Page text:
Meeting ace filmmaker Phil Giordano for the first time is a congenial experience. Erase the preconceived notions that this American Italian who loved The Godfather (one of his all-time film favorites) is any way like Don Vito Corleone, portrayed to perfection by the late, great Marlon Brando, or the recent Italian incarnations in The Sopranos or Roma.
Amiable, with a disarming smile, and devoid of artifice and superficiality, this Master’s Degree in Film holder from the prestigious New York University Tisch School of the Arts, tells you straight why he loves anything and everything about the cinematic arts.
“I am firm believer that a film can change one’s life,” begins Giordano. “Whether as a spectator or as a filmmaker, from whatever is seen on the silver screen, it is some sort of seduction. It beguiles, intrigues, and stirs many of your emotions.”
“As an audience, we all know that cinema offers a different perspective and take on life. As a filmmaker, the task and responsibility become daunting and exhilarating because you are a creator that gives insights to situations and events, and breathes life to characters and a whole new world and experience,” he carries on.
For Giordano, the films that stirred his soul and made him realize the power of cinema are David Fincher’s Fight Club and Cary Joji Fukunaga’s Sin Nombre.
“I am drawn to motion pictures that focus on manhood and masculinity. Fincher’s Fight Club was an exhausting and gritty exploration of what makes a man. That manhood goes beyond the present templates in contemporary society.
Fukunaga’s film was a formative one for me because it showed the scale and the stakes, terrors, and thrills of being inthe so-called underworld. These two films show that life has a bigger picture that at times, it only through films that point us to the realities that make us look the other way,” he explains.
This New Yorker who now has a decade-old love affair in Manila is here for the longest haul because of the artistic and creative people he’s met along the way.
“Your culture, the people, the places, the layout of the urban dwellings and the landscape in the provinces, all that you have here, is so worthy to be, and immortalized in a film,” he said.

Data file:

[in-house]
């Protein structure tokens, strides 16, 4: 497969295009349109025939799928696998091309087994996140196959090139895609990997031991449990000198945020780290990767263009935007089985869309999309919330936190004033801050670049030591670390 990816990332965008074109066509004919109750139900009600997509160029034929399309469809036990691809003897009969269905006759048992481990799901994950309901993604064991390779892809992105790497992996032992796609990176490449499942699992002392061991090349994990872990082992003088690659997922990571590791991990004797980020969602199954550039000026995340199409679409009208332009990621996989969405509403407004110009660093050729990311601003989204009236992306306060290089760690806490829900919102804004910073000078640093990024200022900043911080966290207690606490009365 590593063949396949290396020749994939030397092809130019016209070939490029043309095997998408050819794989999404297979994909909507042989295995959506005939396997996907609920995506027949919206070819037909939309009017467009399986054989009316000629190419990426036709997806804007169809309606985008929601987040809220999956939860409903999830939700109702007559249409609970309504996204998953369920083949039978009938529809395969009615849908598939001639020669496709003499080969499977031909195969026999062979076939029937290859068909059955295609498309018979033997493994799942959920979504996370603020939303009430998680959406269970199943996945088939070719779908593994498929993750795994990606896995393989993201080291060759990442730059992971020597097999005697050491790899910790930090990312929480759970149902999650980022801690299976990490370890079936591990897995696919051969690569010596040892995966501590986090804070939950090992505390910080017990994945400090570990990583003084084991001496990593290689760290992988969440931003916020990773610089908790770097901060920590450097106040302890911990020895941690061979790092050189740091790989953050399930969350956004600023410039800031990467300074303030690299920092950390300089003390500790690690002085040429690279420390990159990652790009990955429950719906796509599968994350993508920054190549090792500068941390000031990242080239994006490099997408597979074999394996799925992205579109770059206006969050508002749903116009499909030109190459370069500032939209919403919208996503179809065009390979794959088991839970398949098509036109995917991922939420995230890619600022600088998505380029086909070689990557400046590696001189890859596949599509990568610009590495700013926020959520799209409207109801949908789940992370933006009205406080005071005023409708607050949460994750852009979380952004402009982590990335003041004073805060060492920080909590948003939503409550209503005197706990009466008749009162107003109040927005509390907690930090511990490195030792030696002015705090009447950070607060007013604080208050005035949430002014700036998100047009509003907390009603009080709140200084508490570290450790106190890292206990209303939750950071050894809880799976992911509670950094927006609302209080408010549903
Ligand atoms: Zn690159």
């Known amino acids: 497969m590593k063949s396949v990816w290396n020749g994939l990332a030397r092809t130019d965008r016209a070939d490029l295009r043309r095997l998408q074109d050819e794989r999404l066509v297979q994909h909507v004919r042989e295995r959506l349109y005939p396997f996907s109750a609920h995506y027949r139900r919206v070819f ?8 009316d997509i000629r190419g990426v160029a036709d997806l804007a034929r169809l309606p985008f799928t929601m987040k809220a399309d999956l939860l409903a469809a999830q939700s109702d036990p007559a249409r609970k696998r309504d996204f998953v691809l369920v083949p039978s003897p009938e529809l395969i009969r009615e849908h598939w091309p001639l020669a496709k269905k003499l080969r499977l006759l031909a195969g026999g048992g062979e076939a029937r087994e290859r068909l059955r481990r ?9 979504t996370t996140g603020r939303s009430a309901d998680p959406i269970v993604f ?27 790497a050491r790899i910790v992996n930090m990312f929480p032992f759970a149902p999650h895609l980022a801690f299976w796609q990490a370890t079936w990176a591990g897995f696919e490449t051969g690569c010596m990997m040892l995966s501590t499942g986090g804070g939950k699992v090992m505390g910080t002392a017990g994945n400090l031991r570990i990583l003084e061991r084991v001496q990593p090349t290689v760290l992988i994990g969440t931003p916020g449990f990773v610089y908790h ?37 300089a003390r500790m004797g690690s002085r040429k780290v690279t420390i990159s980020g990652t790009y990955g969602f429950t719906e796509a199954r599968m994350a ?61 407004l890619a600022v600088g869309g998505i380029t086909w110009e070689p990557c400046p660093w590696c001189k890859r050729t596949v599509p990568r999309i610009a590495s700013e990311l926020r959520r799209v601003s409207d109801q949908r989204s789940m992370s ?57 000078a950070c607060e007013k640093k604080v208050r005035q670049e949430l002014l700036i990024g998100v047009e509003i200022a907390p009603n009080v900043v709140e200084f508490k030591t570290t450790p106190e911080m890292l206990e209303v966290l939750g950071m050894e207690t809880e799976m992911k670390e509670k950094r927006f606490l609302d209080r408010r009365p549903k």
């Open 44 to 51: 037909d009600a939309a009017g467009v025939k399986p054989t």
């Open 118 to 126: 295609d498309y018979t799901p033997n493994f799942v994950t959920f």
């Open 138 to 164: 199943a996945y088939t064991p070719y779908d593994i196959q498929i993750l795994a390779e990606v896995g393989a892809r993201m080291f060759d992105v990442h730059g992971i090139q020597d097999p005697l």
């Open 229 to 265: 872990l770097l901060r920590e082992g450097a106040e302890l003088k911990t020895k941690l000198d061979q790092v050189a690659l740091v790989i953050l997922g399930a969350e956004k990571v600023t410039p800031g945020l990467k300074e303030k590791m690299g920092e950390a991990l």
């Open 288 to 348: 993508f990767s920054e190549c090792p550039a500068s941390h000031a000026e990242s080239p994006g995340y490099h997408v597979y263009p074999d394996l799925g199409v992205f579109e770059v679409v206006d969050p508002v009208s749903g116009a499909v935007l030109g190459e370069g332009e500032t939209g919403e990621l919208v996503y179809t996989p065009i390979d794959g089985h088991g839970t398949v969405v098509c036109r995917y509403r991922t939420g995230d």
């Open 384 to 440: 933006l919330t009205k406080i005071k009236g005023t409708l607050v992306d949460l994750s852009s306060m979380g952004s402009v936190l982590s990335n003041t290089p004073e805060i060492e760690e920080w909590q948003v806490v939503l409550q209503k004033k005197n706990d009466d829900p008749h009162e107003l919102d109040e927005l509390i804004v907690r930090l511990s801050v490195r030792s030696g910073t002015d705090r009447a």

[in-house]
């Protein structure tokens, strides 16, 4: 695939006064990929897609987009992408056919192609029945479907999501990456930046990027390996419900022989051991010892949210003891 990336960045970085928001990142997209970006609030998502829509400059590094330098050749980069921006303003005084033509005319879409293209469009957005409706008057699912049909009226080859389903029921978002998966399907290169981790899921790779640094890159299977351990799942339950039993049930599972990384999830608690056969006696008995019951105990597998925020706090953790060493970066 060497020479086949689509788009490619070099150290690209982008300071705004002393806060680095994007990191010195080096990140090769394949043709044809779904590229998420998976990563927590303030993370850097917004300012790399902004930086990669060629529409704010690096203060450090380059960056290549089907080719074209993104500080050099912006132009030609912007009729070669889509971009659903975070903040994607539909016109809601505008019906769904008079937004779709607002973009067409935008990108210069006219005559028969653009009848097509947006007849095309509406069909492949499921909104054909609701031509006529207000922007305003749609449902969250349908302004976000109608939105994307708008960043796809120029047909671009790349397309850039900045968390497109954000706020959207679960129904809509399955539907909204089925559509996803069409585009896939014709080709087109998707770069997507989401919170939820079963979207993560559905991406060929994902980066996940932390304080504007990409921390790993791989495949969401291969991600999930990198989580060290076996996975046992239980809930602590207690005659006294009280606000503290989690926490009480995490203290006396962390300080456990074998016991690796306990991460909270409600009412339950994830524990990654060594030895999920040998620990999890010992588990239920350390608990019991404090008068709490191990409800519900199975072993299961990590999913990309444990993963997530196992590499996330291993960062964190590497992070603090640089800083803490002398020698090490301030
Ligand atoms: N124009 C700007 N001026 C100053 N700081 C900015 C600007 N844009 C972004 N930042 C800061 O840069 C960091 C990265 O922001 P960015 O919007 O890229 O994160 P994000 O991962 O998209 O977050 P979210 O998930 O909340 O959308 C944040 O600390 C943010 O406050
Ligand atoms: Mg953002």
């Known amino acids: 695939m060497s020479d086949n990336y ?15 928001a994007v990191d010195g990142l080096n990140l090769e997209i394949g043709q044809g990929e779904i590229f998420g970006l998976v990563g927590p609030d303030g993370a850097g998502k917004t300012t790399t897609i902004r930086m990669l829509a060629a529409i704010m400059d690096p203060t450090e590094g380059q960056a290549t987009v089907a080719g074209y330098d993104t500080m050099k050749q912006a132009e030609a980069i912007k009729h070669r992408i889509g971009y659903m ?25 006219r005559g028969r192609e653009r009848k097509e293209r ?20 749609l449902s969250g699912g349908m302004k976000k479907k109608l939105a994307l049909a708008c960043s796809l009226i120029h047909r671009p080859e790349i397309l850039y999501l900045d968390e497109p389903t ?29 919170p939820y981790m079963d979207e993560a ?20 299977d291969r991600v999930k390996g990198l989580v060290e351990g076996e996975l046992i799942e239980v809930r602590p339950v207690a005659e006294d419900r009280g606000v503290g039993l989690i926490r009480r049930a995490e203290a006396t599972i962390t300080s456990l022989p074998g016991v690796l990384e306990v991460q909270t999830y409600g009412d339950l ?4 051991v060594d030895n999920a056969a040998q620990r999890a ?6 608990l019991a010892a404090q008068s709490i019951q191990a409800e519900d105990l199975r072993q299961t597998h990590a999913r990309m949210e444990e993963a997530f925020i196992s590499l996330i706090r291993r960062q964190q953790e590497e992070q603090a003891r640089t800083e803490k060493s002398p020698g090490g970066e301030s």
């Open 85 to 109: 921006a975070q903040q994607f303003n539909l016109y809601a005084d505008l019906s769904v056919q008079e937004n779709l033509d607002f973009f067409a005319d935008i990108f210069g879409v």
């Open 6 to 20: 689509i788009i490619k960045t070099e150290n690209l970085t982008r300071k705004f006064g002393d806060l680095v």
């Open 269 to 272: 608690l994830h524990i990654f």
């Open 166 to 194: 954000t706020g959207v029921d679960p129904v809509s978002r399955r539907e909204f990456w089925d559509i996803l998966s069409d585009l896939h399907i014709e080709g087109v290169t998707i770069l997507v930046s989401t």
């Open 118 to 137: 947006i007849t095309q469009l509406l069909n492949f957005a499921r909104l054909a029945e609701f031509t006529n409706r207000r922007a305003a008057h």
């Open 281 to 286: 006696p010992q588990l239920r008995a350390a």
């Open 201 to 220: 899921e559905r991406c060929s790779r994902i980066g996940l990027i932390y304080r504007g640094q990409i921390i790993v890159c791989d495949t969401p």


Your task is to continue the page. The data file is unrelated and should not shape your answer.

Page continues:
The godimento della vita e dei suoi numerosi orrori are the most essential elements in his first movie Pusoy, with Baron Geisler, Janelle Tee, Angeli Khang, and Vince Rillon who comprise a group of card hustlers who play with life and lust.
Giordano describes Geisler as a raw and explosive actor. In the film, he leads this so-called card hustling family and he has insatiable cravings for money, women, and power.
“Baron gave it gravitas and vulnerability. I liken him to a wolf, predatory yet loving of his pack. Vince matches Baron perfectly,” the director enthuses.“He has a family that he loves the most and a surrogate family that he is tight with. His choices and dilemmas make you want to embrace and root for him,”
To the female leads, Giordano points out: “They are rivals. Sandra, the character of Janelle is like the original queen bee Then Kang enters their crew and it causes a schism. She brings more money and cunning and devious are adjectives that suit her character Mica. She knew how to brew a tempest and it makes Janelle insecure and jealous.”
“The movie plays on the topics of loyalty and betrayal,” the director declares. “I feel that being in situations wherein these two are ingredients, brings out the rawest of emotions and makes a character have a showdown with himself, his morals, and what is most valuable to him. Change is always happening. Nothing is static and in the world of Geisler and Rillon, as Rodolfo and Rogelio, events and things within the spheres of loyalty and betrayal shift all the time. True allegiance is to one’s self and to what a person considers truly dear.”
“Yes, there is a lot of action, gambling, sex, violent stuff in Pusoy but there are moments in the film that one can take a break, breath, and see the humanity of these flawed and scarred characters.”
Pusoy begins its screening on Vivamax on May 27.